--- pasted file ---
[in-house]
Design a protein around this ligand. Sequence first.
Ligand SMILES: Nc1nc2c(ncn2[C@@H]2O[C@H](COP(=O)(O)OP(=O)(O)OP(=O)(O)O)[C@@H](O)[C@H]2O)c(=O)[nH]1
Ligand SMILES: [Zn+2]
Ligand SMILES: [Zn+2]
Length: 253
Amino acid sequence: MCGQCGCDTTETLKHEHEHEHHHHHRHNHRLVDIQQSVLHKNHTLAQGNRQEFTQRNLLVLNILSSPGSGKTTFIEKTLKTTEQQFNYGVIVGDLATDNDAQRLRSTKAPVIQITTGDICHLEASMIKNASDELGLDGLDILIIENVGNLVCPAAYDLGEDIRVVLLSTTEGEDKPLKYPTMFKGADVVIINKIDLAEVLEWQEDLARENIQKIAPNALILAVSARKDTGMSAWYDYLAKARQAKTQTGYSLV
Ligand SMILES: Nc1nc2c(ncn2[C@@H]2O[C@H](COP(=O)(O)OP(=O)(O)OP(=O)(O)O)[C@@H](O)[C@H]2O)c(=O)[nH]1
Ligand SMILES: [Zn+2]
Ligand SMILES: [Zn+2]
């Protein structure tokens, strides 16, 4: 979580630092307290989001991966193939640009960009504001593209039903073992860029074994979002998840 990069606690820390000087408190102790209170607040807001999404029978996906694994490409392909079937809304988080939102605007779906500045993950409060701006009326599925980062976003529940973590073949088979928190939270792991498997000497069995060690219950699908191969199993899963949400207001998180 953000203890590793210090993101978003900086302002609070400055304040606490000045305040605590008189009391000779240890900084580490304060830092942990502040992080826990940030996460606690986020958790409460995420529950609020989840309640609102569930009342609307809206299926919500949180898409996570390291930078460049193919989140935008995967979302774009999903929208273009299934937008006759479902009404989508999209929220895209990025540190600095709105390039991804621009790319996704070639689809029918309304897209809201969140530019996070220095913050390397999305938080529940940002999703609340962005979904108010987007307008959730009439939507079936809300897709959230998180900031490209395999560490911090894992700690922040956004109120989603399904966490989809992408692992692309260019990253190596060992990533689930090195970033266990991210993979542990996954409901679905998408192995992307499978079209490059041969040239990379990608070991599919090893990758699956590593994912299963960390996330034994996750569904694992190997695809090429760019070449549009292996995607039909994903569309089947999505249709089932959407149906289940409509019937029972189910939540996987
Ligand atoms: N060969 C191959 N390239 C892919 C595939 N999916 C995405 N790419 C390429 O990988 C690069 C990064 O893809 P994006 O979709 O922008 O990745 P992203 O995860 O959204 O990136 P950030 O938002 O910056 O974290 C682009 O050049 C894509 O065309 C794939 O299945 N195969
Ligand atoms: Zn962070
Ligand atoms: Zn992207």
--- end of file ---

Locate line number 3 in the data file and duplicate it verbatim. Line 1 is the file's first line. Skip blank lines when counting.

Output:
Ligand SMILES: Nc1nc2c(ncn2[C@@H]2O[C@H](COP(=O)(O)OP(=O)(O)OP(=O)(O)O)[C@@H](O)[C@H]2O)c(=O)[nH]1